Bissette has said a few good things about this, which makes i well worth considering (plus it's always good to see a cover by him), and the material that appeared about that era of French comics in ALTER EGO #30 was intriguing.

Written by Elliot S! Maggin, E. Nelson Bridwell, Martin Pasko and Paul Levitz, art by Dick Dillin and Frank McLaughlin, cover by Alex Ross.

Collecting Justice League of America #122-124, #135-137 and #147-148! In this latest collection of team-ups, meet the heroes of Earth-S, led by the Earth's Mightiest Mortal, Captain Marvel, as well as the Legion of Super-Heroes!

168 page, $14.99, in stores on May 3.
Looking forward to this. I've heard about the LSH crossover but never been able to find the issues at a decent price, and only have two of the three Earth-S issues. And the other one sounds weird enough to be interesting (apparently Maggin and Cary Bates are the villains).

April 5 24 pg BW $3.50

The story of the Trojan War continues as the Trojans prepare for the invasion of their land. Hektor returns triumphantly with his new wife, Andromache, who makes her long-awaited debut in. Cressida resists attack from her fellow Trojans when they discover her father Kalchas's defection to the enemy.

And good to see Shanower's been getting this book out on a steady clip over the past year. Excellent stuff.

by Eric Shanower

In the marvelous Land of Oz, magic is always around the next corner. Dorothy, the Scarecrow, and their many Oz friends can't stop plunging into one adventure after another. Come journey over the rainbow to help save Oz from the Wicked Witch of the South, to ride an enchanted whirlpool that leads to a hidden island, to explore the spooky Great Gray Gillikin Swamp, to prevent a war between dragons and wood-nymphs, and to soar in an emerald unicorn to the frozen land of the mysterious Ice King. Wonder and magic abound in five full-color stories, The Enchanted Apples of Oz, The Secret Island of Oz, The Ice King of Oz, The Forgotten Forest of Oz, and The Blue Witch of Oz, by award-winning cartoonist Eric Shanower, collected here for the first time in one volume. This special volume also contains over 70 pages of sketches and other bonus material from Shanower. L. Frank Baum's Land of Oz lives again in stories that Booklist calls "well-written" and "charming" by "the superbly talented Shanower."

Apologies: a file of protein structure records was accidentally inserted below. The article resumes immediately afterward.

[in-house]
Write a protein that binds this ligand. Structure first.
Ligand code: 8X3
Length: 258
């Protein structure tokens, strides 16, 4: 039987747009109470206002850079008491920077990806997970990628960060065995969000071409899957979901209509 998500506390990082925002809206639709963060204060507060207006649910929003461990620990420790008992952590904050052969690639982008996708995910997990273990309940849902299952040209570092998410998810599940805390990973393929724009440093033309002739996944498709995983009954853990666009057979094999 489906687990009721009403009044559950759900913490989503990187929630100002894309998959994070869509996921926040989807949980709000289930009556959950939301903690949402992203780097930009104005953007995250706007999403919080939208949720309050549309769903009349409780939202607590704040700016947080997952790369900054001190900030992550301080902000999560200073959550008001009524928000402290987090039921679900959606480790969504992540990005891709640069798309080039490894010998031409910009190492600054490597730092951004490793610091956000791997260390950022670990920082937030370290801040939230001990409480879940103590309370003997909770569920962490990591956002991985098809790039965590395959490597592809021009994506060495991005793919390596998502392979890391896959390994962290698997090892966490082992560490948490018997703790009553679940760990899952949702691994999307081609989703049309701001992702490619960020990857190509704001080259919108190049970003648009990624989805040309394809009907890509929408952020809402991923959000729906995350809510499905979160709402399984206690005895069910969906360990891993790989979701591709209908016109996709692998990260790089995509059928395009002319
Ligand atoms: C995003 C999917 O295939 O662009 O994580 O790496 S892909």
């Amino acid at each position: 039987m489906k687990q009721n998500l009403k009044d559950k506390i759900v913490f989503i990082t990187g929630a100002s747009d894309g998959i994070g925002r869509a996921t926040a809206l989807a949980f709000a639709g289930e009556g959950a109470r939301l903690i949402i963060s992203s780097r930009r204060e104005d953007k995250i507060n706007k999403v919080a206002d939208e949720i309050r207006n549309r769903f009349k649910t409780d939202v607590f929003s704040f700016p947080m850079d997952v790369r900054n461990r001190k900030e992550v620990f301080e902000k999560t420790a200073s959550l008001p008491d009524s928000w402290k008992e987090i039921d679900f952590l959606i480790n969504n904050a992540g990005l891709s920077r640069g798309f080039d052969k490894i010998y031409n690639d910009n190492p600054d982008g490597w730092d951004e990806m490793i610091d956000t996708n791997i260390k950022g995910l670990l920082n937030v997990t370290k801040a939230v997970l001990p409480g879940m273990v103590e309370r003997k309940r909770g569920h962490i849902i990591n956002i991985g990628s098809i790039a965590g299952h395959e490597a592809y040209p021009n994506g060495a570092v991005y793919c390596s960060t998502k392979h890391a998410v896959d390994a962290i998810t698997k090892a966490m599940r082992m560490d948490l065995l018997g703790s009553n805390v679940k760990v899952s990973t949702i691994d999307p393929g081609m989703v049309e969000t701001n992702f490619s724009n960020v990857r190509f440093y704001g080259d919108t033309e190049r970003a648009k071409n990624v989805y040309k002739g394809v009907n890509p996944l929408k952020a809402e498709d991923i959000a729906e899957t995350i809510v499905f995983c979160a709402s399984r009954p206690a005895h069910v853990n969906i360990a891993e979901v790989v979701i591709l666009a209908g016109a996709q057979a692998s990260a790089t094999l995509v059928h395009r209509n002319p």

TPB • $39.99 • FC • 328 pages
HC • $75.00 • FC • 328 pages

Speaking of Shanower, this is a bit too pricey for me (like just about anything else interesting from IDW), but I have a few of these stories from when they were first published, and they're a lot of fun, well worth it for the Oz fan.

Tuesday, January 17, 2006

My Collection - ZOT [1984 Series]

Zot [1984 series]
36 issues [1984 - 1991]
1 - 36

This is of course Scott McCloud's big series, published by Eclipse. First 10 issues are in colour, then following a hiatus the next 26 issues are in black and white. I was a pretty latecomer to the proceedings, first picking up #31 in 1990, after reading a few mentions of the series in BEANWORLD which I'd started reading a few months earlier. That was in the middle of the Earth Stories, and good stuff, and it wasn't long before I was hooked, hunting down every back issue I could find. It was pretty frustrating for a while, since McCloud did a lot of 2-part stories, and for a while I think I had just one chapter of 4 different stories. Eventually I did find everything, though. That #11 took forever to find, though.

Pretty much the whole series is recommended. The first ten issues form one long story, and honestly McCloud was probably too young and inexperienced at the time to do such a long story, so there are a lot of flaws, but there's a lot of good in there too. #6 is the best of that run. #11 to #27 run short stories, one to three issues, all of them pretty good action adventure bits. "Eyes of Dekko" from #17 - #18 is my favourite, with one of the best villains McCloud designed. The last nine issues are the "Earth Stories", with a heavy focus on Zot's "real world" friends, a group of high school students dealing with their own problems, and that's the best era of the book, a lot more character heavy and introspective, and with some bolder attempts at storytelling than the earlier eras.

Saturday, January 14, 2006

EC - Blood Type "V" (Ingels)

Blood Type "V"
art by Graham Ingels, story by Al Feldstein
Tales From the Crypt #22[#6] (1951)

I'm not as fond of the early Ingels work on EC as I am the later stuff. Take this story as an example. While there are a few flashes of what would shine in his work later (especially in the lush inking style), overall it's a lot stiffer than what I associate with his work. Also, the early stuff doesn't seem to revel in the gore nearly as much as it should. This story involves a couple who get into a car accident, and the woman loses massive amounts of blood (despite only slight wounds) and gets a transfusion from a creepy passerby. Of course he turns out to be a vampire, who tranformed the woman to a vampire as well. All well and good, but we don't get to see nearly enough of the choice bits, not even a good look at the vampire, which is where you'd expect Ingels to shine.